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Comment Re:What is this story doing on Slashdot? (Score 2) 185

Lets hide facts, then the Alt-Right (or whatever) won't be able to use them.

THEN, when some Alt-right guy finds the actual facts, and builds a racist case based on the "system hiding facts" as "proof" of some conspiracy (which is in fact a true conspiracy) he can use all of those actual facts that you wanted to hide as evidence of racial superiority, and recruitment goes through the roof as real facts aren't countered by alternative reasons because they are politically incorrect facts that were hidden.

OR, you know, admit the facts, when they are bad for your cause, because hiding the truth never works out as intended.

Comment Re:Hard to believe (Score 0) 64

When a government can give you anything you want, it can take everything you have.

The bigger the government, the more it assumes power unto itself. And the more power it assumes, the less power the governed actually have. And Obama was one of the worst in history, but since he was well loved by the world elites, and the politically correct crowd, they didn't care about surveiling his own citizens. (yes, GWB was bad, patriot act bad)

Comment Esperanto... no (Score 1) 225

Tell you what... I might look into Esperanto when I get finished learning (Mandarin) Chinese. Because Mandarin is much, much more important in general as in there are large numbers of people who speak it, even here in the USA, and Chinese food is mostly awesome and it helps when ordering to be able to speak the language (and Esperanto lacks food traditions entirely, so phbbbt.)

Don't even get me started on Cantonese. Or other variants. Ouch.

The catch is... near as I can tell, I'll never finish learning Mandarin. Somewhere there must have been an emperor who ensured that Mandarin was going to be the hardest language to learn ever.

Turns out I have no plans to learn Klingon, either. Not until there are real aliens speaking would I be interested in such a thing. At which point, I would consider it my #1 priority, though. Because, you know, aliens!

Comment Re:You could have AM radio. (Score 0) 215

Me thinks you severely underestimate the size of the required antennas.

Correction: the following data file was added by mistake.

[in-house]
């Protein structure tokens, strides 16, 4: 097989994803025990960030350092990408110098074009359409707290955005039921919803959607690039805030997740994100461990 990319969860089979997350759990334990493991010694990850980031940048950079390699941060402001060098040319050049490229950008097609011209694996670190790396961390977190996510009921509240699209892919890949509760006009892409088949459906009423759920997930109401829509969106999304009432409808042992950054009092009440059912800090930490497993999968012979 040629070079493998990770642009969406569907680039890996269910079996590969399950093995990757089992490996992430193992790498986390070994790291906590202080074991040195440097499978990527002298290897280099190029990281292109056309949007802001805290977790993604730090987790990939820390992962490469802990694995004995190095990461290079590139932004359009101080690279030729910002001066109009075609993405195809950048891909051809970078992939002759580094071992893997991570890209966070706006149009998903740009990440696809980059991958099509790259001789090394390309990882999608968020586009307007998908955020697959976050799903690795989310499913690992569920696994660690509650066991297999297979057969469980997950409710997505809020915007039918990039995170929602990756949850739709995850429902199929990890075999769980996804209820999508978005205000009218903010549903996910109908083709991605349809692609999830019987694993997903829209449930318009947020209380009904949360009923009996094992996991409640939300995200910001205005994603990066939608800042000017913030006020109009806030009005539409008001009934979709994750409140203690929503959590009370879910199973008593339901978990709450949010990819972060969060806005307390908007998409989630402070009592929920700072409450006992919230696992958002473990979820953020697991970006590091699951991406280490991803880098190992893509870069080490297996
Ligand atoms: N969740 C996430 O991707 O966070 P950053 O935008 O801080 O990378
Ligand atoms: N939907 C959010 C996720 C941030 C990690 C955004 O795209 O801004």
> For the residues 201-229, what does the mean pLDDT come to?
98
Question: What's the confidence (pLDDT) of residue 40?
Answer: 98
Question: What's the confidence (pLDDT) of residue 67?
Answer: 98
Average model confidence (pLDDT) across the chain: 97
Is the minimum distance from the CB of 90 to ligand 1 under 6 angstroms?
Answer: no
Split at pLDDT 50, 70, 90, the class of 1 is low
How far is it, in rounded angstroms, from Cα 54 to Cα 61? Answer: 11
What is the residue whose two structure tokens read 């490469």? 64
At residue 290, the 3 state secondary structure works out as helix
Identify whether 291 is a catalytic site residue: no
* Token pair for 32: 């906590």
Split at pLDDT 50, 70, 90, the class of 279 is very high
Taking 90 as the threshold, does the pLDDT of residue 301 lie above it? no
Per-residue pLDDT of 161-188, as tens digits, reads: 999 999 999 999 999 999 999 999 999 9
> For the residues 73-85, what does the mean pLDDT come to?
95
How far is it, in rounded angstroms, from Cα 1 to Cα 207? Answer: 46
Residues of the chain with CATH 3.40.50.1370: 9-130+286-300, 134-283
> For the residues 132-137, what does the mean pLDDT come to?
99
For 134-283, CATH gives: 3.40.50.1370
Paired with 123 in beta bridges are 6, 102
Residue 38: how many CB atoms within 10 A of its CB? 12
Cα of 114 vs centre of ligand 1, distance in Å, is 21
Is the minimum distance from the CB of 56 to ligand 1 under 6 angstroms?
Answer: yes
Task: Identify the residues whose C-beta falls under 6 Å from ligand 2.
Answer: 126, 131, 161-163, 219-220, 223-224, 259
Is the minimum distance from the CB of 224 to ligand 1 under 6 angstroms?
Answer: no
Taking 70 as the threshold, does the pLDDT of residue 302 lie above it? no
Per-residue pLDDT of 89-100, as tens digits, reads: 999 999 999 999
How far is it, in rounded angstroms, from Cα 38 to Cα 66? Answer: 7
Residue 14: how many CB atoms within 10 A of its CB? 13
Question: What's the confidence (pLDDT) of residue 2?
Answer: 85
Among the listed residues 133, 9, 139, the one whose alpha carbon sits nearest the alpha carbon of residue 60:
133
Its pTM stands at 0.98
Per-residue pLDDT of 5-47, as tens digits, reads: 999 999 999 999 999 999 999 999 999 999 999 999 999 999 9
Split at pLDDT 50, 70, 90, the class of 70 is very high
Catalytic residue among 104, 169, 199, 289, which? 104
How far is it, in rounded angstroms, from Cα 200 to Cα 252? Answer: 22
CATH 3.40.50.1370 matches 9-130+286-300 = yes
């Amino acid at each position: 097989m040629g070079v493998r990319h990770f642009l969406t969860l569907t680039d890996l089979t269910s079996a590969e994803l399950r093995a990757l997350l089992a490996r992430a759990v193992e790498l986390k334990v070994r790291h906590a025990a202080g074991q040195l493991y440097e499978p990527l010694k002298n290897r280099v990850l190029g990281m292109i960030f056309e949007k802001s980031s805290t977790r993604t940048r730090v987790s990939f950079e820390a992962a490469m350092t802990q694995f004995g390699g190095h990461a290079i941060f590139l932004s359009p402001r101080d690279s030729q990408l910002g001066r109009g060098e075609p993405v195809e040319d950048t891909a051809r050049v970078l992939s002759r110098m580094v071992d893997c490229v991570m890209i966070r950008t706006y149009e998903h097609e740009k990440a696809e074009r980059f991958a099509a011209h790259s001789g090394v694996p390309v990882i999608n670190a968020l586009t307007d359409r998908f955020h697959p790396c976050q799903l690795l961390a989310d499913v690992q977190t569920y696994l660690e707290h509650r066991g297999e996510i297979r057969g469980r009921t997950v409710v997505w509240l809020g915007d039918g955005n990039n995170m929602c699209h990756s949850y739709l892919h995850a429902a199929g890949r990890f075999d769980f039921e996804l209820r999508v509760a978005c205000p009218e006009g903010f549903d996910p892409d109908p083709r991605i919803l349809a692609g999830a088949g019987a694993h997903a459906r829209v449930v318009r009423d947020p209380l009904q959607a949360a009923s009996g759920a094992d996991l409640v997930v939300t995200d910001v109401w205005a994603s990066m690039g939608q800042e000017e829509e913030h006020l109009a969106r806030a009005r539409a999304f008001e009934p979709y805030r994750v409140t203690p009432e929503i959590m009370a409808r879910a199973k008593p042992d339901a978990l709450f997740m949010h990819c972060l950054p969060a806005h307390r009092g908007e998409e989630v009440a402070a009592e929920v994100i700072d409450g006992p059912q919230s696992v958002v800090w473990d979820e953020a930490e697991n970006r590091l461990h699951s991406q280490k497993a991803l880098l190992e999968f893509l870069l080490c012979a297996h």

No. I just understand that local AM radio is practical with a short wire like an earbud connection. It won't act like any kind of a DX machine, certainly, but you'll hear locals. I can pick up our local (10 KW) AM station very well by sticking a screwdriver into the PL-259 on my SDR. There are several ways to push a short wire into low frequency resonance, and not all of them require a large actual inductance. Gyrators, for instance are practical at AM BCB frequencies; I've done quite a bit of experimenting with them. The ability to have an ultra high-impedance load that still is quiet and provides significant gain allows antenna impedances that are not typically low to still perform well enough for many use cases. Doesn't hurt to have sensitivities down into fractions of a microvolt, either - you don't need a lot of signal, particularly at AM BCB.

Comment Re:Cigar? (Score 1) 215

The author of the link knows a fair bit about radio, including cellphone radios, being also the author of non-trivial SDR software and a long-term RF engineer.

The author of the linked article, OTOH, knew, and reported, that the device in question made available three bands that the radio in the cellphone is (a) not designed to operate on and (b) not permitted to operate upon.

In light of those facts, you might want to temper your remarks. Or not. Free-ish country and all that.

Comment You could have AM radio. (Score 4, Informative) 215

My Galaxy S7's FM radio has worked with NextRadio (FM broadcast band) for quite some time now. AM is possible, if they are so inclined to make that happen. Because...

Also interesting is that for an FM radio to be practical, you need an antenna, and so far, that's been the wire to the earbuds / headphones, which is decently longish. So very likely implicit in this "there will be FM radio" lies an "there will be an audio jack", and also, "if we want AM radio, we can do it." Ever since low power software defined radio has been possible, this stuff can be done. Particularly in a high-power availability device like a cellphone. It can be done the old way, too, but not nearly as well.

I suspect the whole "there will be FM" thing is known somewhat gleefully in the hallowed corporate halls at Samsung as "taking advantage of Apple's... courage."